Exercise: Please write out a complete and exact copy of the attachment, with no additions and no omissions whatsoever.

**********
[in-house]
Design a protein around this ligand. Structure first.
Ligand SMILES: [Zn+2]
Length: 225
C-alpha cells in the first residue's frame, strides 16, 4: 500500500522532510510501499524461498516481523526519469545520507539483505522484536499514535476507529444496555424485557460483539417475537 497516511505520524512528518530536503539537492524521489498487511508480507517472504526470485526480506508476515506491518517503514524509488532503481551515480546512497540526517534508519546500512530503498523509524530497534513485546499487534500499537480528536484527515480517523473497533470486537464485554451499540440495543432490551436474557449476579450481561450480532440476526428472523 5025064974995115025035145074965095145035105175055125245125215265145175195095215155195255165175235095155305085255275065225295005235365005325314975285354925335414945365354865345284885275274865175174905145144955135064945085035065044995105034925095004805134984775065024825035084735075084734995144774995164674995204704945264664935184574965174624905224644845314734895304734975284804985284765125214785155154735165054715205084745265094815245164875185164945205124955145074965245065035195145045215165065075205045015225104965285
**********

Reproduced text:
[in-house]
Design a protein around this ligand. Structure first.
Ligand SMILES: [Zn+2]
Length: 225
C-alpha cells in the first residue's frame, strides 16, 4: 500500500522532510510501499524461498516481523526519469545520507539483505522484536499514535476507529444496555424485557460483539417475537 497516511505520524512528518530536503539537492524521489498487511508480507517472504526470485526480506508476515506491518517503514524509488532503481551515480546512497540526517534508519546500512530503498523509524530497534513485546499487534500499537480528536484527515480517523473497533470486537464485554451499540440495543432490551436474557449476579450481561450480532440476526428472523 5025064974995115025035145074965095145035105175055125245125215265145175195095215155195255165175235095155305085255275065225295005235365005325314975285354925335414945365354865345284885275274865175174905145144955135064945085035065044995105034925095004805134984775065024825035084735075084734995144774995164674995204704945264664935184574965174624905224644845314734895304734975284804985284765125214785155154735165054715205084745265094815245164875185164945205124955145074965245065035195145045215165065075205045015225104965285